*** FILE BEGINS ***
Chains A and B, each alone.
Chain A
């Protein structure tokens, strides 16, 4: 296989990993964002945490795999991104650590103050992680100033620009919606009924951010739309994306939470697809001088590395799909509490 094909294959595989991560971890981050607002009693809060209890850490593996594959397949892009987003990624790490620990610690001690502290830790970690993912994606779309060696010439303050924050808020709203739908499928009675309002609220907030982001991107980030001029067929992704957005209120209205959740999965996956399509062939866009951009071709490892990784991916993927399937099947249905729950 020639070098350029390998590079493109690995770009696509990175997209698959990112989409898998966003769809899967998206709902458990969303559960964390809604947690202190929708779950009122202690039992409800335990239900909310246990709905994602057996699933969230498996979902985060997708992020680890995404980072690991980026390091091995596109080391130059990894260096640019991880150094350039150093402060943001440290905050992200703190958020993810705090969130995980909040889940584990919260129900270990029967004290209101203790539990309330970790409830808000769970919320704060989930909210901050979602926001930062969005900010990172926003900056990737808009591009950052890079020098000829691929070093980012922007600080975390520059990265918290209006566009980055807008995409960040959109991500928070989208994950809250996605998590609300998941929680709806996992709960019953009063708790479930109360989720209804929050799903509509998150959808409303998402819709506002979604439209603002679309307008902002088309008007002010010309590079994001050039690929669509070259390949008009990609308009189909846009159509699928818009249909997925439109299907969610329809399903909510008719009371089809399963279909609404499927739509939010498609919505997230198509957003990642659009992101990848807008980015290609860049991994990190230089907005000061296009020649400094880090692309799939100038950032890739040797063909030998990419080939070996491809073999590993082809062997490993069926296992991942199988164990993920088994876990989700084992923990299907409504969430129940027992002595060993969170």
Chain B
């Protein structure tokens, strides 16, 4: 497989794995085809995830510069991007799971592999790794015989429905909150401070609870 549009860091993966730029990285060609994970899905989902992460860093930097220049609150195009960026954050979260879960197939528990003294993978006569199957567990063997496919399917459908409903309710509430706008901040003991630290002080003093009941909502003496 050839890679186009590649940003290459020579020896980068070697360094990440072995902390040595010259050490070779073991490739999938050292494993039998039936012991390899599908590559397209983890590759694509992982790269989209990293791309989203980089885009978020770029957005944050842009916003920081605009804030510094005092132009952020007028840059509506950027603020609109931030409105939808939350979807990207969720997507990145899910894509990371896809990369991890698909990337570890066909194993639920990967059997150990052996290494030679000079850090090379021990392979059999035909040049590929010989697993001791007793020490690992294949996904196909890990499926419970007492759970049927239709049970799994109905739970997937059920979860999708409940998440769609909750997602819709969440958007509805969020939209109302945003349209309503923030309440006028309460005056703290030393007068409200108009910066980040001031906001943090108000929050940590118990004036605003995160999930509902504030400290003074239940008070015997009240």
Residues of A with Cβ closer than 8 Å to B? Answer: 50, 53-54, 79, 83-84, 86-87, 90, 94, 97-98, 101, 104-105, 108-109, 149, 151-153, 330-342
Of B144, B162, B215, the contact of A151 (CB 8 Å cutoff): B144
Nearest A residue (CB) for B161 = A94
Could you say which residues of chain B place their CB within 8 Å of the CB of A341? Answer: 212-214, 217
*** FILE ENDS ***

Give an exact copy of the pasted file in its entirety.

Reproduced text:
Chains A and B, each alone.
Chain A
């Protein structure tokens, strides 16, 4: 296989990993964002945490795999991104650590103050992680100033620009919606009924951010739309994306939470697809001088590395799909509490 094909294959595989991560971890981050607002009693809060209890850490593996594959397949892009987003990624790490620990610690001690502290830790970690993912994606779309060696010439303050924050808020709203739908499928009675309002609220907030982001991107980030001029067929992704957005209120209205959740999965996956399509062939866009951009071709490892990784991916993927399937099947249905729950 020639070098350029390998590079493109690995770009696509990175997209698959990112989409898998966003769809899967998206709902458990969303559960964390809604947690202190929708779950009122202690039992409800335990239900909310246990709905994602057996699933969230498996979902985060997708992020680890995404980072690991980026390091091995596109080391130059990894260096640019991880150094350039150093402060943001440290905050992200703190958020993810705090969130995980909040889940584990919260129900270990029967004290209101203790539990309330970790409830808000769970919320704060989930909210901050979602926001930062969005900010990172926003900056990737808009591009950052890079020098000829691929070093980012922007600080975390520059990265918290209006566009980055807008995409960040959109991500928070989208994950809250996605998590609300998941929680709806996992709960019953009063708790479930109360989720209804929050799903509509998150959808409303998402819709506002979604439209603002679309307008902002088309008007002010010309590079994001050039690929669509070259390949008009990609308009189909846009159509699928818009249909997925439109299907969610329809399903909510008719009371089809399963279909609404499927739509939010498609919505997230198509957003990642659009992101990848807008980015290609860049991994990190230089907005000061296009020649400094880090692309799939100038950032890739040797063909030998990419080939070996491809073999590993082809062997490993069926296992991942199988164990993920088994876990989700084992923990299907409504969430129940027992002595060993969170």
Chain B
């Protein structure tokens, strides 16, 4: 497989794995085809995830510069991007799971592999790794015989429905909150401070609870 549009860091993966730029990285060609994970899905989902992460860093930097220049609150195009960026954050979260879960197939528990003294993978006569199957567990063997496919399917459908409903309710509430706008901040003991630290002080003093009941909502003496 050839890679186009590649940003290459020579020896980068070697360094990440072995902390040595010259050490070779073991490739999938050292494993039998039936012991390899599908590559397209983890590759694509992982790269989209990293791309989203980089885009978020770029957005944050842009916003920081605009804030510094005092132009952020007028840059509506950027603020609109931030409105939808939350979807990207969720997507990145899910894509990371896809990369991890698909990337570890066909194993639920990967059997150990052996290494030679000079850090090379021990392979059999035909040049590929010989697993001791007793020490690992294949996904196909890990499926419970007492759970049927239709049970799994109905739970997937059920979860999708409940998440769609909750997602819709969440958007509805969020939209109302945003349209309503923030309440006028309460005056703290030393007068409200108009910066980040001031906001943090108000929050940590118990004036605003995160999930509902504030400290003074239940008070015997009240």
Residues of A with Cβ closer than 8 Å to B? Answer: 50, 53-54, 79, 83-84, 86-87, 90, 94, 97-98, 101, 104-105, 108-109, 149, 151-153, 330-342
Of B144, B162, B215, the contact of A151 (CB 8 Å cutoff): B144
Nearest A residue (CB) for B161 = A94
Could you say which residues of chain B place their CB within 8 Å of the CB of A341? Answer: 212-214, 217